So you can understand why---when we moved here---we enrolled Patience in a nearby Montessori preschool when they fed us all the right words, even if they meant them differently. You can also understand why we immediately unenrolled her (two months later) when the mistakes dawned us, largely through Patience having hysterics every single day.

My new neighbor---now a best friend, and someone who happens, by coincidence, to be from Massachusetts, versus just lived there for a while like we did---dragged me to her kids' preschool. She said the magic words, "Really laid back...very loving and caring teachers...think it's a good fit for you...we just hang out...oh yeah and the moms socialize, a lot..."

I signed up pronto and found a great school that was just what we needed: an open learning opportunity for kids, with emphasis on love and care and socializing. The director's daughter became our favorite babysitter, I joined the mom's group, made neat friends, had fun on the playground three days a week and life was good.

Most importantly, my kids loved it there. Loved. It.

This is all why the opinion of the school and this marvelous teacher matter to us. Persistence, of course, means more to us than anything other than her sister.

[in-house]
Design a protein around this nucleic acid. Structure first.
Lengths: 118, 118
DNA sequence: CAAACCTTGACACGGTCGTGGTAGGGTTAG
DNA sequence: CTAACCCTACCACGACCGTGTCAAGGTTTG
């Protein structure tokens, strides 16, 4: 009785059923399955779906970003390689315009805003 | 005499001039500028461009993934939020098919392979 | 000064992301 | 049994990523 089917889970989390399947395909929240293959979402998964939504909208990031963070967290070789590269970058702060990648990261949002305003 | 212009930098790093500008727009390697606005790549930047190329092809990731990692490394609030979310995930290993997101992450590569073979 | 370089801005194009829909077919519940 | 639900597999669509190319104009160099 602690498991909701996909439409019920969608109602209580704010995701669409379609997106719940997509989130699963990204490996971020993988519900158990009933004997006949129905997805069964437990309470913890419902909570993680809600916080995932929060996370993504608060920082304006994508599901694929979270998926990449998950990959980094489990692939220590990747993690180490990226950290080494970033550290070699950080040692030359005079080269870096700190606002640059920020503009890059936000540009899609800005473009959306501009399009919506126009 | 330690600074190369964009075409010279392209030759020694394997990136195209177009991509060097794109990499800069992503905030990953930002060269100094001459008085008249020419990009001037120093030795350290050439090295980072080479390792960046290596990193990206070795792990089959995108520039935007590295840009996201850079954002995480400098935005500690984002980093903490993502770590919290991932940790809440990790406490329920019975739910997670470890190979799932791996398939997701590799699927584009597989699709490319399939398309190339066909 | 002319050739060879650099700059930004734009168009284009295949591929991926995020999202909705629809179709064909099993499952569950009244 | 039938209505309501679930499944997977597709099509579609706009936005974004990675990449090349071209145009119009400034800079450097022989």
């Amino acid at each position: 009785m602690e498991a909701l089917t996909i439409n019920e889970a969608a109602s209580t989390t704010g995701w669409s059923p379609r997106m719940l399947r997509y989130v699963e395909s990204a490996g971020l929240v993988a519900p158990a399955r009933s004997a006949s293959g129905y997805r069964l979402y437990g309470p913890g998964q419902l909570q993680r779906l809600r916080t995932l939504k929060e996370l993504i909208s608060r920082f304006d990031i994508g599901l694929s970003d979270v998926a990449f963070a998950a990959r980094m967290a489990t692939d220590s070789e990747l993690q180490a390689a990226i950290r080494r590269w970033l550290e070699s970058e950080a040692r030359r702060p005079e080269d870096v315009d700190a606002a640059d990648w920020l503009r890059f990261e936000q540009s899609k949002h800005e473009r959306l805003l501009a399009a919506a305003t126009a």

That's why we were so distressed to hear of The Incident.

If you've been reading my blog, you've gotten the idea that Persistence is a fairly gregarious, attention-hound with a huge streak of smart and creative. Excellent qualities in a child. Unless you are her parent. Or teacher. Or, apparently, her priest.

I'm stalling. Look at this. I'm rambling, offering excuses, rationalization, even backstories for goodness' sake.

Okay. Deep breath. Here's what happened.

In the kids' interview, I admitted my children have a problem with potty mouth, or as the school calls it, inappropriate potty humor. We work on it, I swear (now...defensive).

Apparently, Persistence has discovered two new superpowers: the power of Class Clown and the power of potty humor, inappropriately.

She has apparently employed these powers inappropriately during mass and prayer, with a possible calling of the priest a "pooty butt head."

It is not appreciated, as I'm sure you can understand, to have a three year old holler out "poop" and "pooty butt head" and "GOD HAS POOP" and whatever else her vibrant mind can manufacture during mass and prayers. And let me assure you: she has a neon technicolor vibrant mind.

It's bad enough on its own, but it's a virus that manifests in two ways: mimicry and laughter.

Jon and I had two reactions: horror and hysterics.

I mean, it's wrong, we know it's wrong, oh it is so wrong.

But we couldn't help it: it's FUNNY!